Good day my esteemed professional colleagues.
My name is Smart Madu Ajaja.
I am a US-based Registered Nurse with professional and service experiences in general, Orthopedic, industrial, correctional and oncology nursing.
I am also a writer, philosopher, motivational speaker, public policy commentator and Human and environmental Rights activist with interests in socioeconomic, civil and criminal, and environmental justice.
I am humbled and honored to be in your midst.
The discourse that brought us together is quite apt, timely and compelling, and at the end of it, I am hopeful that we will get inspired to go back to the drawing board to rethink nursing and nursing practice in Nigeria.
I am not going to give a lengthy speech beyond the introduction of myself I gave you about myself. I will prefer to make this an interactive encounter so everybody would be involved.
Now let’s proceed by doing a quick self professional audit;
Do we agree that we nurses are a group of repressed professionals?
Do we also agree that there’s a fundamental problem with the nursing education curriculum that assaults our basic human rights?
Do we also agree that we should push for a review of the nursing education curriculum in Nigeria to adapt it to our peculiar environment to meet the 21st century challenges and advancements in line with global best practices?
Are nurses fully in charge of policy formulation, analysis and implementation in Nigeria for the good of nurses and the nursing profession?
Are we in agreement that there is a compelling need to clamor for change in our situation?
Now that we have identified all these, what do we do?
I posit that as long as we continue to have the slave nursing education curriculum, nurses will continue to be a population of abused and chronic emotionally traumatized people.
Nurses have suffered and will continue to suffer indignation for their failure in the past to be involved in politics unless something is done now to inspire them to raise their consciousness to act in their profession’s best interest or people who have no idea about their professional struggle will continue to jeopardize them and their profession with ridiculous policies that would continually make them subjects of subjugation in the clinical environment where they are the pivots.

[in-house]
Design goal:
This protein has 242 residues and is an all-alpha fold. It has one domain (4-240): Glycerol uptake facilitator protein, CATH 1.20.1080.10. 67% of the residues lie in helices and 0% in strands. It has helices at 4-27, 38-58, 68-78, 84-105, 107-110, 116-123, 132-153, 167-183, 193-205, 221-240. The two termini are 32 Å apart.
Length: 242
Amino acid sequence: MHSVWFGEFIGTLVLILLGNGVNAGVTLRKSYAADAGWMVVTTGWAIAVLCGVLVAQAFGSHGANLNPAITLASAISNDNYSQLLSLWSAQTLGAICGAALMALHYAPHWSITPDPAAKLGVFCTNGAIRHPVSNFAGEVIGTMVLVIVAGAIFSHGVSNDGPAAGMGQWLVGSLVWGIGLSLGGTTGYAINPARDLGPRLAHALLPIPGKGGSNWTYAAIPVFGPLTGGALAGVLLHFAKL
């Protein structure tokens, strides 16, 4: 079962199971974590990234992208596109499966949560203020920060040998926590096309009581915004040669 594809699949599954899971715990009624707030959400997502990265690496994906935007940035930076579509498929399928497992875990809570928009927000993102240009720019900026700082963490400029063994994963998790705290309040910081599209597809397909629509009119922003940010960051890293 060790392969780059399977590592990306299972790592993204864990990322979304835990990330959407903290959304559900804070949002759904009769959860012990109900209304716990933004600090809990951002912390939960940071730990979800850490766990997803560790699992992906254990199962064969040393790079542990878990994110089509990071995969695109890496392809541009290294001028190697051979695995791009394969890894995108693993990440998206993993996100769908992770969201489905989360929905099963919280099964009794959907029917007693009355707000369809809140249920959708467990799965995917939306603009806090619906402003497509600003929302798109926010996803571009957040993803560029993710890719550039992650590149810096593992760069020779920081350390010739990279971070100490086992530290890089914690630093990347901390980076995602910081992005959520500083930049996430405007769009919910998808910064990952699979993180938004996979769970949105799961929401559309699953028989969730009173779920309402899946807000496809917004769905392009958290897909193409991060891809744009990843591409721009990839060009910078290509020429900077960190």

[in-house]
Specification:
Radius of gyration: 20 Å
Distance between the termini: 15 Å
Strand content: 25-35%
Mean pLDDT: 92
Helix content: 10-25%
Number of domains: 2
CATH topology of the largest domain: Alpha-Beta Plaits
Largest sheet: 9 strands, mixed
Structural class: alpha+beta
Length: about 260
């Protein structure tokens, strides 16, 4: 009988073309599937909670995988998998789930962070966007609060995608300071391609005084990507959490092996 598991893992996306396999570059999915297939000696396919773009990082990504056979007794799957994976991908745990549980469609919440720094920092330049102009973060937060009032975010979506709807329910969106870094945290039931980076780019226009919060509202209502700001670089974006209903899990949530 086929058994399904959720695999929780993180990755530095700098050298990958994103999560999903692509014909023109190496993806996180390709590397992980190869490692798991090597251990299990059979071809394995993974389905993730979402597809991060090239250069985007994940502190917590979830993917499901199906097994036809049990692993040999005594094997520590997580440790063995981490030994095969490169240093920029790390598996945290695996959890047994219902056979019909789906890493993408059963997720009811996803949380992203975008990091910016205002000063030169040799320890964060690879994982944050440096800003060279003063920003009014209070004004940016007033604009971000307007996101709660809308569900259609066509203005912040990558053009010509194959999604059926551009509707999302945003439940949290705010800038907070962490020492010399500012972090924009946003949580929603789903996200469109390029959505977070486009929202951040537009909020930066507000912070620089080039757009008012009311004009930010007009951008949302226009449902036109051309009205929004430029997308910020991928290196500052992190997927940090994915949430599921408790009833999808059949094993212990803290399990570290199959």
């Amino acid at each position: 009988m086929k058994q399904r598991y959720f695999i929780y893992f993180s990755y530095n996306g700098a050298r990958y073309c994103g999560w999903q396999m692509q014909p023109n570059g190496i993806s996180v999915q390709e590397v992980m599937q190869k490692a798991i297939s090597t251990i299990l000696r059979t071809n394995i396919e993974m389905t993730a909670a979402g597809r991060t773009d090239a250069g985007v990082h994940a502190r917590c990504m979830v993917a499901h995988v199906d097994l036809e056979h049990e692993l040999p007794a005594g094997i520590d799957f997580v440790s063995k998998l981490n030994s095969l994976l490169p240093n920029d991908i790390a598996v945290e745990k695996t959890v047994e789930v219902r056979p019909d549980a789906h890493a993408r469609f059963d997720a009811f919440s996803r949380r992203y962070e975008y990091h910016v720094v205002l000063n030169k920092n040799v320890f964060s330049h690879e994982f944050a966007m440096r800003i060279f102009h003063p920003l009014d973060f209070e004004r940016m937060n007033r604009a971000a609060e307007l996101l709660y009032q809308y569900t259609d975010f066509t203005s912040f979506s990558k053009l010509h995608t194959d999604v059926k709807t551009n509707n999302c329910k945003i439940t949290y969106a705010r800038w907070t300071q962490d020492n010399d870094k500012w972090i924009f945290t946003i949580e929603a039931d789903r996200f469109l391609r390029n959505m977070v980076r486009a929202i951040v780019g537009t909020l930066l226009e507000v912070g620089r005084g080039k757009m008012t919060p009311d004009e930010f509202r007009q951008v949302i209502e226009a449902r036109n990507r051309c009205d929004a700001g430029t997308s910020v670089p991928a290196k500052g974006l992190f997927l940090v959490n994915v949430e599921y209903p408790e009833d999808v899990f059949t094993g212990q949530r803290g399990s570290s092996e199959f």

The reason we are where we are is because nurses have never had the luxury of having anyone who knows about the challenges nurses face daily in the hostile clinical environment in Nigeria speaking for them and the nursing profession.
Therefore, with the above and many more indications for taking action, I have decided to become the catalyst nurses need to launch nursing in Nigeria into the 21st century, and I vow to draw more nurses into the mainstream of Nigerian politics so they can be where decisions affecting Nigeria including their profession are made.
In effect, I wish to use this medium to officially announce to you my professional colleagues and the whole of the Nigerian nursing community that I am running a race to the Senate of the Federal Republic of Nigeria on the platform of the APC whose party primaries comes up on August 17, 2018.